• Published: Nov 2nd, 2014
  • Category: design

neatline & visualization as interpretation

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[This post is re-published from an invited response to a February 2014 MediaCommons question of the week: “How can we better use data and/or research visualization in the humanities?” I forgot I had written it! so thought I would cross-post it, belatedly, to my blog. Many thanks to Kevin Smith, a student in Ryan Cordell’s Northeastern University digital humanities course, for reminding me. Read his “Direct visualization as/is a tactical term,” here.]

Neatline, a digital storytelling tool from the Scholars’ Lab at the University of Virginia Library, anticipates this week’s MediaCommons discussion question in three clear ways. But before I get to that, let me tell you what Neatline is.

neatline

It’s a geotemporal exhibit-builder that allows you to create beautiful, complex maps, image annotations, and narrative sequences from collections of documents and artifacts, and to connect your maps and narratives with timelines that are more-than-usually sensitive to ambiguity and nuance. Neatline (which is free and open source) lets you make hand-crafted, interactive stories as interpretive expressions of a single document or a whole archival or cultural heritage collection.

Now, let me tell you what Neatline isn’t.

It’s not a Google Map. If you simply want to drop pins on modern landscapes and provide a bit of annotation, Neatline is obvious overkill – but stick around.

How does Neatline respond to the MediaCommons question of the week?

1)   First, as an add-on to Omeka, the most stable and well-supported open source content management system designed specifically for cultural heritage data, Neatline understands libraries, archives and museums as the data-stores of the humanities. Scholars are able either to build new digital collections for Neatline annotation and storytelling in Omeka themselves, or to capitalize on existing, robust, professionally-produced humanities metadata by using other plug-ins to import records from another system. These could range from robust digital repositories (FedoraConnector) to archival finding aids (EADimporter) to structured data of any sort, gleaned from sources like spreadsheets, XML documents, and APIs (CSVimportOAI-PMH Harvester, Shared Shelf Link etc.).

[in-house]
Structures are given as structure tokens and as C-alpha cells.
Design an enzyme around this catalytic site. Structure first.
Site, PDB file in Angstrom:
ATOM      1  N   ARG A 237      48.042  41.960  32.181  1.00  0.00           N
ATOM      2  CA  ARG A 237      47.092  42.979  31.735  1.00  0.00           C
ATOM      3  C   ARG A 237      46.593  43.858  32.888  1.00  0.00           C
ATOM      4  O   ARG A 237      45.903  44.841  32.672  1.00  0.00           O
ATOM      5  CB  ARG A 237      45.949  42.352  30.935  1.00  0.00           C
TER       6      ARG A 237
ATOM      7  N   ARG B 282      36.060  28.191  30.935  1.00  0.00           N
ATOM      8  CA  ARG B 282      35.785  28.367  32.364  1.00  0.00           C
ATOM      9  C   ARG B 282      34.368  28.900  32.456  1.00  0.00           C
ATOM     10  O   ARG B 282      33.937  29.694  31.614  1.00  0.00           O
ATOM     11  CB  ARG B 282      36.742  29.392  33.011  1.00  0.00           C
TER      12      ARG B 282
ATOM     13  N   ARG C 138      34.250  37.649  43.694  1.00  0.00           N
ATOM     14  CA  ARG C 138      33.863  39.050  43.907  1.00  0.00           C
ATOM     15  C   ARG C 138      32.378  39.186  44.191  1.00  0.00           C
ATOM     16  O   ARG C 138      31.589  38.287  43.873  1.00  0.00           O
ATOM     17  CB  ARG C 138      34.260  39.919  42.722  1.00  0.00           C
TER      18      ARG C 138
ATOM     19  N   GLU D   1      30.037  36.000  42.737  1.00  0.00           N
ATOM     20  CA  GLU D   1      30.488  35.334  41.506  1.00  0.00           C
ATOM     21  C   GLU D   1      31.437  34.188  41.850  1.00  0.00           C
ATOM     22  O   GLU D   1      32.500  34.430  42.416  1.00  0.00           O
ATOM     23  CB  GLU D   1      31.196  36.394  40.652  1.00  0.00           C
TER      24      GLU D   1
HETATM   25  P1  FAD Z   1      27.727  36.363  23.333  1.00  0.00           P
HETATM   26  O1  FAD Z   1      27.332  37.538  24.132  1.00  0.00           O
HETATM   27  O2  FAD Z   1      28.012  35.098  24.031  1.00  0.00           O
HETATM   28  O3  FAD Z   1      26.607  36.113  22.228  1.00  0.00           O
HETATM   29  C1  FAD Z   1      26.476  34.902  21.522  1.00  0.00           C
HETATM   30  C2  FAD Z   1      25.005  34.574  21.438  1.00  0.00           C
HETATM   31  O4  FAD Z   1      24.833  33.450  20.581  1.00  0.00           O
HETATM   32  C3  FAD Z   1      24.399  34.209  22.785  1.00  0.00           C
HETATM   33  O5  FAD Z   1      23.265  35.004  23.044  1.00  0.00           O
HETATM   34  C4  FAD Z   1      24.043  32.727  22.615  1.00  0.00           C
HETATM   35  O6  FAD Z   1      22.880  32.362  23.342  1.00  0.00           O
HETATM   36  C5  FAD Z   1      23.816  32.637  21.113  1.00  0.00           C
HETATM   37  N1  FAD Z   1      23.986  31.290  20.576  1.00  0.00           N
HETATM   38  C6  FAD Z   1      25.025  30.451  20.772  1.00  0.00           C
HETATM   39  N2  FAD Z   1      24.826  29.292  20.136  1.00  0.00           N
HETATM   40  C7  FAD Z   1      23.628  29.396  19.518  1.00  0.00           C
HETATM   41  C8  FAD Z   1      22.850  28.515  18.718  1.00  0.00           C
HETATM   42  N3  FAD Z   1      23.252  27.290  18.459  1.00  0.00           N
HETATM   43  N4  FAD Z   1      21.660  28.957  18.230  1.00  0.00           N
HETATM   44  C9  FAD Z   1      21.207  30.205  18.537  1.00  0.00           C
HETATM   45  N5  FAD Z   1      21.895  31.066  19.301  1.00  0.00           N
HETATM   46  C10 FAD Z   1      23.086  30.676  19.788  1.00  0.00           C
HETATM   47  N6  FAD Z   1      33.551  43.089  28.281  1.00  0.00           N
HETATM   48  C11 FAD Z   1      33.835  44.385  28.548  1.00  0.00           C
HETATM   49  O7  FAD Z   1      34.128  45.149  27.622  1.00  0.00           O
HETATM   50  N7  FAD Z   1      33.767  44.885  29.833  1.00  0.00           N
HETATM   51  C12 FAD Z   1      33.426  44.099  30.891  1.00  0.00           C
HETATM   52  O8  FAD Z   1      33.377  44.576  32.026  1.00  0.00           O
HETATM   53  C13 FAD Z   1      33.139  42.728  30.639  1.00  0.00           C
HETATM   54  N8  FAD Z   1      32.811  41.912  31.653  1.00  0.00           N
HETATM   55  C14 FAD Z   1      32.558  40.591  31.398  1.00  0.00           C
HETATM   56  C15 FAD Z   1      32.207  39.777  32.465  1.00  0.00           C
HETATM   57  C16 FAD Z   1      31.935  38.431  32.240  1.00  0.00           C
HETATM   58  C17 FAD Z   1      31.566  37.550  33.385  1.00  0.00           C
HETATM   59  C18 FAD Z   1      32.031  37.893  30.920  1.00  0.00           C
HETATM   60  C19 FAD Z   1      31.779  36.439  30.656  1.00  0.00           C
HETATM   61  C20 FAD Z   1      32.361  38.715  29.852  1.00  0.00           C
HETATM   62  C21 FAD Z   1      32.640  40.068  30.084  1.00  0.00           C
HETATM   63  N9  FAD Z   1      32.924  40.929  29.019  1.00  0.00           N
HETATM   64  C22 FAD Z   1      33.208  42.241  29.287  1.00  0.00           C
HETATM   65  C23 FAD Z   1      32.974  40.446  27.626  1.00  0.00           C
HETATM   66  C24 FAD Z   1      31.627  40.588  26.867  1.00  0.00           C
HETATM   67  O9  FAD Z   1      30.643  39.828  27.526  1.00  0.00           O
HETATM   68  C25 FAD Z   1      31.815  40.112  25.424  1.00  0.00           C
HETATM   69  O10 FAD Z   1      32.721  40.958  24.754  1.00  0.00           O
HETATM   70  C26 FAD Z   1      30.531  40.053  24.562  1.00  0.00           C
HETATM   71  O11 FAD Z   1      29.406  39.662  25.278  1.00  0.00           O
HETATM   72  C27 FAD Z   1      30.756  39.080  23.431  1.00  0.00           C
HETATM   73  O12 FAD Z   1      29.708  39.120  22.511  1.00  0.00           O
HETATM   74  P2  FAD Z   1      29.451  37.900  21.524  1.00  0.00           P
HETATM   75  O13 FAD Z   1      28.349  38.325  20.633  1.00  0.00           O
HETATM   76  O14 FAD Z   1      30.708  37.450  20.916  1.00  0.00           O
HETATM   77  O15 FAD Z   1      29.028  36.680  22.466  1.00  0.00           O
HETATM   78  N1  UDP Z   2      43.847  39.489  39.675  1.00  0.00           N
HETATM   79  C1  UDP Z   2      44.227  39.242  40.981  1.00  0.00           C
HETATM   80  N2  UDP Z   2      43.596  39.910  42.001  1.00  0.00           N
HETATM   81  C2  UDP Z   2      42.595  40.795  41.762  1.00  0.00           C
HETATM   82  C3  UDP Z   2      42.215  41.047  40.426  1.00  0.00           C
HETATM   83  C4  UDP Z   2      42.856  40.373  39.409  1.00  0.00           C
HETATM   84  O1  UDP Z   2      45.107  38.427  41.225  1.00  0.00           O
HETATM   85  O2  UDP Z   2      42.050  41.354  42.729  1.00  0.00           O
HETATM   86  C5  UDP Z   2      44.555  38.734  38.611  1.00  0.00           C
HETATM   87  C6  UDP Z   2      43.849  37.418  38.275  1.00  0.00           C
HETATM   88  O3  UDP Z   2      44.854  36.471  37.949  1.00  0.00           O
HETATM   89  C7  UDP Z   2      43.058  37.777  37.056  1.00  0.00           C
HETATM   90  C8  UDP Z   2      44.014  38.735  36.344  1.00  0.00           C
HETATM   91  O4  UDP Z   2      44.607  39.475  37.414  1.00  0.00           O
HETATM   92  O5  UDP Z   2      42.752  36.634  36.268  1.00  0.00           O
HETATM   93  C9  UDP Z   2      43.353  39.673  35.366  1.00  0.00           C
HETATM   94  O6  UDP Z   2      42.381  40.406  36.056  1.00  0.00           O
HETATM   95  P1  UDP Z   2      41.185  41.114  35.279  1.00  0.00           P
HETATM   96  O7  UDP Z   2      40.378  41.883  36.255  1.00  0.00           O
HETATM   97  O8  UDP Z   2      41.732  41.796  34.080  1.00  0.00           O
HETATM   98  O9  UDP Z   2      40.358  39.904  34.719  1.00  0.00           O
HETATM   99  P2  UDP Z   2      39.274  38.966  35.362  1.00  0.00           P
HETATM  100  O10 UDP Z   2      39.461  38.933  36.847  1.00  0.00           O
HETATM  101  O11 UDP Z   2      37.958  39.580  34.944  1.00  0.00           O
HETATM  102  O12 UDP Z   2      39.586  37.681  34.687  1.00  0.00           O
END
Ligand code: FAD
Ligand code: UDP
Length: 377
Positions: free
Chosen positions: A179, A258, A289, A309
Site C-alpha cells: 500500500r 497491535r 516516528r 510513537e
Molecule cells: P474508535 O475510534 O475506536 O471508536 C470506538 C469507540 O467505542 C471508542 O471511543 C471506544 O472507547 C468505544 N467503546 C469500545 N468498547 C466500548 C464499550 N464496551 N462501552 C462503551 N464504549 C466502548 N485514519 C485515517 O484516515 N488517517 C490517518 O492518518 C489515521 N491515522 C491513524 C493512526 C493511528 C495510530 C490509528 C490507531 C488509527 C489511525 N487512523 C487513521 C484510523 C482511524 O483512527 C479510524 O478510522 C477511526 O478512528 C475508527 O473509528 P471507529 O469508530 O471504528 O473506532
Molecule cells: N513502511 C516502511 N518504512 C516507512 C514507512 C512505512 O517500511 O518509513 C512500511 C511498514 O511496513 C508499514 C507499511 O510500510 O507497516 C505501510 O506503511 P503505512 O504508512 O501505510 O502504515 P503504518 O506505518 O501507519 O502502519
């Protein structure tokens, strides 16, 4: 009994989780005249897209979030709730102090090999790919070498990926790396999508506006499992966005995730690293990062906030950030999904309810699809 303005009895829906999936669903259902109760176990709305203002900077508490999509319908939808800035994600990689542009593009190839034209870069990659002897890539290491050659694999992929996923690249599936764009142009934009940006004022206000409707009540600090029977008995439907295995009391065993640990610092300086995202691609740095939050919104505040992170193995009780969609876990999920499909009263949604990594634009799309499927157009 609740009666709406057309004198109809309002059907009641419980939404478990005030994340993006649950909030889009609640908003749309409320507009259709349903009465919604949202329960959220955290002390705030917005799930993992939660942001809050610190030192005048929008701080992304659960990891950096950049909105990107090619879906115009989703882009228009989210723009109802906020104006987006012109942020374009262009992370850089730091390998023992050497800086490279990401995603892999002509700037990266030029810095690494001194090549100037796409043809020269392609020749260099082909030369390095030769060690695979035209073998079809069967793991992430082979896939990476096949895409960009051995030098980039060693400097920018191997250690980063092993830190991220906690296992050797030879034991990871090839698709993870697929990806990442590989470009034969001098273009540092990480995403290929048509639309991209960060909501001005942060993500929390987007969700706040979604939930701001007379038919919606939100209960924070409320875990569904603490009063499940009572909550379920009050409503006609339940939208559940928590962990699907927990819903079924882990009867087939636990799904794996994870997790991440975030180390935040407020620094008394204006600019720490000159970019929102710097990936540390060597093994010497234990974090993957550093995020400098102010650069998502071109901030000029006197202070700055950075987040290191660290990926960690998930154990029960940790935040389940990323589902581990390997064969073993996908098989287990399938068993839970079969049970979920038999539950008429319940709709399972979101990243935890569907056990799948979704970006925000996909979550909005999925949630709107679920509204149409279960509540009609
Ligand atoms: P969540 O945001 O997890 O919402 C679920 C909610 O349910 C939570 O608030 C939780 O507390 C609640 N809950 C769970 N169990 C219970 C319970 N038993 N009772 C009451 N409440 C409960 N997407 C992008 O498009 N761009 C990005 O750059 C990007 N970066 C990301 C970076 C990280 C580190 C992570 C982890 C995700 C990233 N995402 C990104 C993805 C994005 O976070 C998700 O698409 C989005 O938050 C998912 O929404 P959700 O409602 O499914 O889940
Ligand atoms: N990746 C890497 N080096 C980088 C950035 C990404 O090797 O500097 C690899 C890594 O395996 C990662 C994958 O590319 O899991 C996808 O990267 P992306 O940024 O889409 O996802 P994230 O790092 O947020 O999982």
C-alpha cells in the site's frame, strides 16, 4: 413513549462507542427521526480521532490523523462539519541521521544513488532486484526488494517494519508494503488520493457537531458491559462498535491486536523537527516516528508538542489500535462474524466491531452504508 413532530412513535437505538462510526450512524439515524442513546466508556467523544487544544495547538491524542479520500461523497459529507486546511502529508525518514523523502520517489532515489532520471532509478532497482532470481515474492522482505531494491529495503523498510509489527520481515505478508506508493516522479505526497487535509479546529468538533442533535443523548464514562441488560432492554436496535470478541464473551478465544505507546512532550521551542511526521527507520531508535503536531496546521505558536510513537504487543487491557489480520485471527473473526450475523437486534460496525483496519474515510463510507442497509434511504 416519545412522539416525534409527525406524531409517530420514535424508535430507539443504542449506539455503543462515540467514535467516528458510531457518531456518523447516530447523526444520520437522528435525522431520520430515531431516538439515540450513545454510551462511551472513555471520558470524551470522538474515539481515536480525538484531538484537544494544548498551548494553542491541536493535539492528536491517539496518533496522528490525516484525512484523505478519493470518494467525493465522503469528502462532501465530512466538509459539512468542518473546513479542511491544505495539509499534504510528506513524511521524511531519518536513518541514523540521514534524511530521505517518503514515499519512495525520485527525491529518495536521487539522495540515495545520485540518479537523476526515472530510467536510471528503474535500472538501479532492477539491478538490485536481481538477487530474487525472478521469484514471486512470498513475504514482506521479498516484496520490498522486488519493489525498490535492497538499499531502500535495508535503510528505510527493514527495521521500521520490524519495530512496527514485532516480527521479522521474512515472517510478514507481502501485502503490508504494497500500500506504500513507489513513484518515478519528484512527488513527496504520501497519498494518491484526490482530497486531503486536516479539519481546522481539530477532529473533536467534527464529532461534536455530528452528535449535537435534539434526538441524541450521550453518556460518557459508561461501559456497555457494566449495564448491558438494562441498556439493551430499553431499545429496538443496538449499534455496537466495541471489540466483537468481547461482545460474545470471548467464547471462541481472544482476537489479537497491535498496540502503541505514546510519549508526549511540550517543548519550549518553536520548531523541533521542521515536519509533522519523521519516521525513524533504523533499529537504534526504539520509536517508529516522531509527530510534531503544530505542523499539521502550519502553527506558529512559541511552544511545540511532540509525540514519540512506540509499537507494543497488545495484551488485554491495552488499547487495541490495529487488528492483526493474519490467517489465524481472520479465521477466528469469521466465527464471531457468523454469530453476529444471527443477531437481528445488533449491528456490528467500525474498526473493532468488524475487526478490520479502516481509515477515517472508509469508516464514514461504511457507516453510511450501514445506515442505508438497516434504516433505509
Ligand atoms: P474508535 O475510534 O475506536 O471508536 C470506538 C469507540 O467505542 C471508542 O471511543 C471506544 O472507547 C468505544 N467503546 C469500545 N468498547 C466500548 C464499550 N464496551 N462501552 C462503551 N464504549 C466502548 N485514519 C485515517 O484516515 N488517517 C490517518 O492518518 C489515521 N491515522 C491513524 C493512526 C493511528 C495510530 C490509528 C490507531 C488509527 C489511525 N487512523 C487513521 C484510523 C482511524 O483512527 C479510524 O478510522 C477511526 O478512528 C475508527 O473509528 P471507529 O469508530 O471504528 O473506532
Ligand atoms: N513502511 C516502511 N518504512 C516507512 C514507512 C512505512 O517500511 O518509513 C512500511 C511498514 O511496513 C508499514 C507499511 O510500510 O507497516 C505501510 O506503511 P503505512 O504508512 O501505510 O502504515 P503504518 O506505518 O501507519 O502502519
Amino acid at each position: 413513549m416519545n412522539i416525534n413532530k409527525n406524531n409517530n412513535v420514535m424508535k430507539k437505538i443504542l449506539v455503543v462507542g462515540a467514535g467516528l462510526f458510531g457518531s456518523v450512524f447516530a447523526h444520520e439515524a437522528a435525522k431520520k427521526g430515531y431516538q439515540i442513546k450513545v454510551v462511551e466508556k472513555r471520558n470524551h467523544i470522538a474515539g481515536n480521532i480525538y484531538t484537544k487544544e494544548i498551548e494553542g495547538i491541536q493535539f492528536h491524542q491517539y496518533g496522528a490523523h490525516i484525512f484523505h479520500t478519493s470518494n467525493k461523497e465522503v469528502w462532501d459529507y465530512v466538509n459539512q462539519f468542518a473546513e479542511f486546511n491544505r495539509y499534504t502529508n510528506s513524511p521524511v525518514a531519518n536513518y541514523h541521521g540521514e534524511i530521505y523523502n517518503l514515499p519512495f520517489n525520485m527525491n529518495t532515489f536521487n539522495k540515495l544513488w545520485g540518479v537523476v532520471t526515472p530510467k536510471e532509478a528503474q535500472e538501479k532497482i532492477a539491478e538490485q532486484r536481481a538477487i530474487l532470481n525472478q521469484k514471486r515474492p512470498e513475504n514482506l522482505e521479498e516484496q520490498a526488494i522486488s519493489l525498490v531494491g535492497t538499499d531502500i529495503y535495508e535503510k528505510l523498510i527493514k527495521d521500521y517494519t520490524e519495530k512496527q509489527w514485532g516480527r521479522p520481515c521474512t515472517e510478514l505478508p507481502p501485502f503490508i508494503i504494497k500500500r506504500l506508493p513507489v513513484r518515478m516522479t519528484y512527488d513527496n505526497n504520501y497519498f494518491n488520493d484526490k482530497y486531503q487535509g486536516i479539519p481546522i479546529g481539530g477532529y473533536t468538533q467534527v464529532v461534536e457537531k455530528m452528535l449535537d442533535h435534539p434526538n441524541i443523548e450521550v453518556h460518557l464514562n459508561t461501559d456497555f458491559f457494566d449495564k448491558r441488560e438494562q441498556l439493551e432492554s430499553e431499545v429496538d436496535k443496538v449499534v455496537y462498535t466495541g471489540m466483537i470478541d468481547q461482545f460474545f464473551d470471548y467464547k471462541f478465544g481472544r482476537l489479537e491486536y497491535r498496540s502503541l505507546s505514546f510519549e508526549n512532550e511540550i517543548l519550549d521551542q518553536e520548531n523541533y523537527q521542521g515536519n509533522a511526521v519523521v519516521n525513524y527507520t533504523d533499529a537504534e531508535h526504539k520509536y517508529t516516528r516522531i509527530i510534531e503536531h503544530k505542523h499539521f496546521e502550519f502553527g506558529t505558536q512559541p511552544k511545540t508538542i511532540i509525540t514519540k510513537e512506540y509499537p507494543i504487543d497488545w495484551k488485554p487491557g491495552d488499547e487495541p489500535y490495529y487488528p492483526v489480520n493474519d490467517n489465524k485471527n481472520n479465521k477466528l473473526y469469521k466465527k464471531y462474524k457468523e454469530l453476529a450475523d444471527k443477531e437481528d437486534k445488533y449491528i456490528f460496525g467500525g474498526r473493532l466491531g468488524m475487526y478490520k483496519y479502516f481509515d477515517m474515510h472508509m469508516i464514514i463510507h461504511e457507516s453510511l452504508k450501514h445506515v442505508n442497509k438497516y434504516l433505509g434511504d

2)   Second, Neatline was carefully designed by humanities scholars and DH practitioners to emphasize what we found most humanistic about interpretive scholarship, and most compelling about small data in a big data world. Its timelines and drawing tools are respectful of ambiguity, uncertainty, and subjectivity, and allow for multiple aesthetics to emerge and be expressed. The platform itself is architected so as to allow multiple, complementary or even wholly conflicting interpretations to be layered over the same, core set of humanities data. This data is understood to be unstable (in the best sense of the term) – extensible, never fixed or complete – and able to be enriched, enhanced, and altered by the activity of the scholar or curator.

3)   Finally, Neatline sees visualization itself as part of the interpretive process of humanities scholarship – not as an algorithmically-generated, push-button result or a macro-view for distant reading – but as something created minutely, manually, and iteratively, to draw our attention to small things and unfold it there. Neatline sees humanities visualization not as a result but as a process: as an interpretive act that will itself – inevitably – be changed by its own particular and unique course of creation.  Knowing that every algorithmic data visualization process is inherently interpretive is different from feeling it, as a productive resistance in the materials of digital data visualization. So users of Neatline are prompted to formulate their arguments by drawing them. They draw across landscapes (real or imaginary, photographed by today’s satellites or plotted by cartographers of years gone by), across timelines that allow for imprecision, across the gloss and grain of images of various kinds, and with and over printed or manuscript texts.

digital humanities in the anthropocene

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[Update: I’ve made low-res versions of my slides and an audio reading available for download on Vimeo, Alex Gil has kindly translated the talk into Spanish, and Melissa Terras’ wonderful performance is now up on the Digital Humanities 2014 website. Finally, a peer-reviewed and formally-published version appears in a 2015 issue of DSH: Digital Scholarship in the Humanities.]

“And by-and-by Christopher Robin came to an end of the things, and was silent, and he sat there looking out over the world, and wishing it wouldn’t stop.” – A. A. Milne